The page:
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Tayglach

Tayglach

Lola

Lola

Sweet and sticky these cookies are sure to satisfy anyone with a sweet tooth. If you don't like ginger try using nutmeg in its place.

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Ingredients {{adjustedServings}} servings

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Original recipe yields 24 servings

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Nutrition

Amount per serving ({{servings}} total)

  • Calories:
  • 159 kcal
  • 8%
  • Fat:
  • 5.4 g
  • 8%
  • Carbs:
  • 26.8g
  • 9%
  • Protein:
  • 2.6 g
  • 5%
  • Cholesterol:
  • 44 mg
  • 15%
  • Sodium:
  • 32 mg
  • 1%

Based on a 2,000 calorie diet

Directions

  1. Preheat oven to 350 degrees F (175 degrees C). Line baking sheets with parchment paper.
  2. Sift the flour, baking powder, ginger and salt into a large bowl.
  3. Beat the eggs, egg yolks and oil together. Pour the egg mixture into the flour and stir until combined.
  4. Turn dough out onto to a lightly floured surface and knead for a few turns.
  5. Divide dough into 8 equal-size pieces. Roll each piece into rope about 1/2 to 3/4 inch in diameter. Cut ropes into 1/2 inch long pieces. Place on baking sheets and bake at 350 degrees F(175 degrees C) for about 10 minutes. The bottoms should be lightly browned. Remove from oven and let cool.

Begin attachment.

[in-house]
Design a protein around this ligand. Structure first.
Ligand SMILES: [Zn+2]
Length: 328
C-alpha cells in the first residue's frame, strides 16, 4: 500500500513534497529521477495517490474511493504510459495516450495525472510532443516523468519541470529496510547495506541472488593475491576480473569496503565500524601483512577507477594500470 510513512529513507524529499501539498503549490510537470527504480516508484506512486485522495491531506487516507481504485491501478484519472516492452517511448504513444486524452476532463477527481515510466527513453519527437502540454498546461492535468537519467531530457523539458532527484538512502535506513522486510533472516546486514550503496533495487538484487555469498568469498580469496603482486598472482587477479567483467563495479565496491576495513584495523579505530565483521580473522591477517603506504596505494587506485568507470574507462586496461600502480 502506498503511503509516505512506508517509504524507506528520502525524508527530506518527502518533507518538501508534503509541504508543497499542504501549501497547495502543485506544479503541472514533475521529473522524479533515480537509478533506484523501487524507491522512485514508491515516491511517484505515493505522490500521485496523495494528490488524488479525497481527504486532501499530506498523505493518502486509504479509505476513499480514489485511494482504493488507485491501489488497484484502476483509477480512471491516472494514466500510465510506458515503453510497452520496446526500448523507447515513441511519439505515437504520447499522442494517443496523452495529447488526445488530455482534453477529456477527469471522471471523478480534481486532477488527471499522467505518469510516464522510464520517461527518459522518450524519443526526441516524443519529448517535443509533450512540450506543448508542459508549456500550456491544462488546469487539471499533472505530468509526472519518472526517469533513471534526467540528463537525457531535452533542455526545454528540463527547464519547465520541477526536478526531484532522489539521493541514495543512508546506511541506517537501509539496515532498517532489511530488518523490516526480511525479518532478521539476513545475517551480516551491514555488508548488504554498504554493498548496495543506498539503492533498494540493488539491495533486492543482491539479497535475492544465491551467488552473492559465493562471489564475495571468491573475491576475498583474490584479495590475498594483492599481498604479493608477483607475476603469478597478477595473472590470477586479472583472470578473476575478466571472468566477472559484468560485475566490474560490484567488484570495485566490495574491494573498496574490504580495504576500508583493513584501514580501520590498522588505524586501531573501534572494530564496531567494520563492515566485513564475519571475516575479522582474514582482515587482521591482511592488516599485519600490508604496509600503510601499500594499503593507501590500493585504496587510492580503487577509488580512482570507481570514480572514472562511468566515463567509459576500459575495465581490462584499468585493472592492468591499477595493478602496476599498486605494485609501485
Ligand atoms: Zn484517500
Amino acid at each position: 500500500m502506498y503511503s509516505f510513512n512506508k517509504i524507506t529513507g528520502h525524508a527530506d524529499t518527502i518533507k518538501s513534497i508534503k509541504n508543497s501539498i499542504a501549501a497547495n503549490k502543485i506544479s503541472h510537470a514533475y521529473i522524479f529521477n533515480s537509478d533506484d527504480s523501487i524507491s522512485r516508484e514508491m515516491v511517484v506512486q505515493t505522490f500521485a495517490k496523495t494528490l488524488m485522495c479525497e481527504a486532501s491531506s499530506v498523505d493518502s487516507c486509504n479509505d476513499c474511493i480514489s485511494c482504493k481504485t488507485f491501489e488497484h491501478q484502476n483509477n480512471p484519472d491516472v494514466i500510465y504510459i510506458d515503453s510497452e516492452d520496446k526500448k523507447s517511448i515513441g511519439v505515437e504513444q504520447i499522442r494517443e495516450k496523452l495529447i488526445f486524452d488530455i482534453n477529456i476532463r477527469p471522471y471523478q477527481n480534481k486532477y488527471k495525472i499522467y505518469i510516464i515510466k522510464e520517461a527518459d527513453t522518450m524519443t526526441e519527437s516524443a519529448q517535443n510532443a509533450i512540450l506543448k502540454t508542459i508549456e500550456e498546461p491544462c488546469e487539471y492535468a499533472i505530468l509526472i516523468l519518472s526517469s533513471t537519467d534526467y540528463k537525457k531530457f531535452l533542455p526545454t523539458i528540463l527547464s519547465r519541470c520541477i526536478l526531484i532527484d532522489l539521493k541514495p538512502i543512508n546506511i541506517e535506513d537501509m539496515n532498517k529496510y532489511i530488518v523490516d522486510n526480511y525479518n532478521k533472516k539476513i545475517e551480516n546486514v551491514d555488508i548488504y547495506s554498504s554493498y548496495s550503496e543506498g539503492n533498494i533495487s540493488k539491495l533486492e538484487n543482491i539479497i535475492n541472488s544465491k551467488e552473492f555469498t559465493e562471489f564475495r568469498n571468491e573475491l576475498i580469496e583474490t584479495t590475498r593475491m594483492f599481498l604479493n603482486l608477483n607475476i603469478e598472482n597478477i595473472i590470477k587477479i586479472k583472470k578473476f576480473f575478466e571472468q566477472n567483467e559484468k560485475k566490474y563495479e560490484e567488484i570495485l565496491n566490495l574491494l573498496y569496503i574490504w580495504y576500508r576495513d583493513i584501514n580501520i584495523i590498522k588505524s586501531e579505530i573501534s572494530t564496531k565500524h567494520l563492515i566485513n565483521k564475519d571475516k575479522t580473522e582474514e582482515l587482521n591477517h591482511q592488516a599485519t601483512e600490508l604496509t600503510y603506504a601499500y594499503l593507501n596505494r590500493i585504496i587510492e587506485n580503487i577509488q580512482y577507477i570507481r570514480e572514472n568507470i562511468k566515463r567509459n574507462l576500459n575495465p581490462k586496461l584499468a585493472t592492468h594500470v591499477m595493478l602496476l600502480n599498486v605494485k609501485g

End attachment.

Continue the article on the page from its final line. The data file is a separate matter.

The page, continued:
6. In a large heavy bottomed saucepan, combine the honey, sugar and ginger. Cook over low heat until sugar is dissolved. Raise heat to medium and bring mixture to a boil. Watch closely because it can boil over and make a big mess. Reduce heat to low and cook until the syrup reaches hard ball stage, 260 degrees F (127 degrees C).
  7. Stir in the cooked tayglach and optional chopped nuts and simmer over low heat, stirring occasionally for 10 minutes.
  8. Spoon mixture onto a parchment lined jelly-roll pan. Spread tayglach into one layer evenly over the surface. Let cool. Once cool, turn tayglach over onto a large surface and peel off parchment paper. Cut into 1 inch squares and place into little paper cups or candy foils. Store in an airtight container at room temperature.
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Reviews

MARLAINLIMBO
18

MARLAINLIMBO

12/27/2003

Can't even rate this one with a star. Sounded simple enough. Too glutenous to form any useable dough. Waste of money and time.

mikey
0

mikey

6/25/2013

This is a classic. You can't expect to have a soft dough. These little nuggets want to be baked dry but not brittle. It's the eggy taste that counts. Ginger is the traditional spice, and this hits the right note. A fabulous way to serve, is to pour them out on the oiled baking sheet, and when cool enough to handle, form into a pyramid, and place on a cake stand. Let guests break off bits of these sweet, nutty-crunchy dough balls. I have taught this recipe to my high school students.

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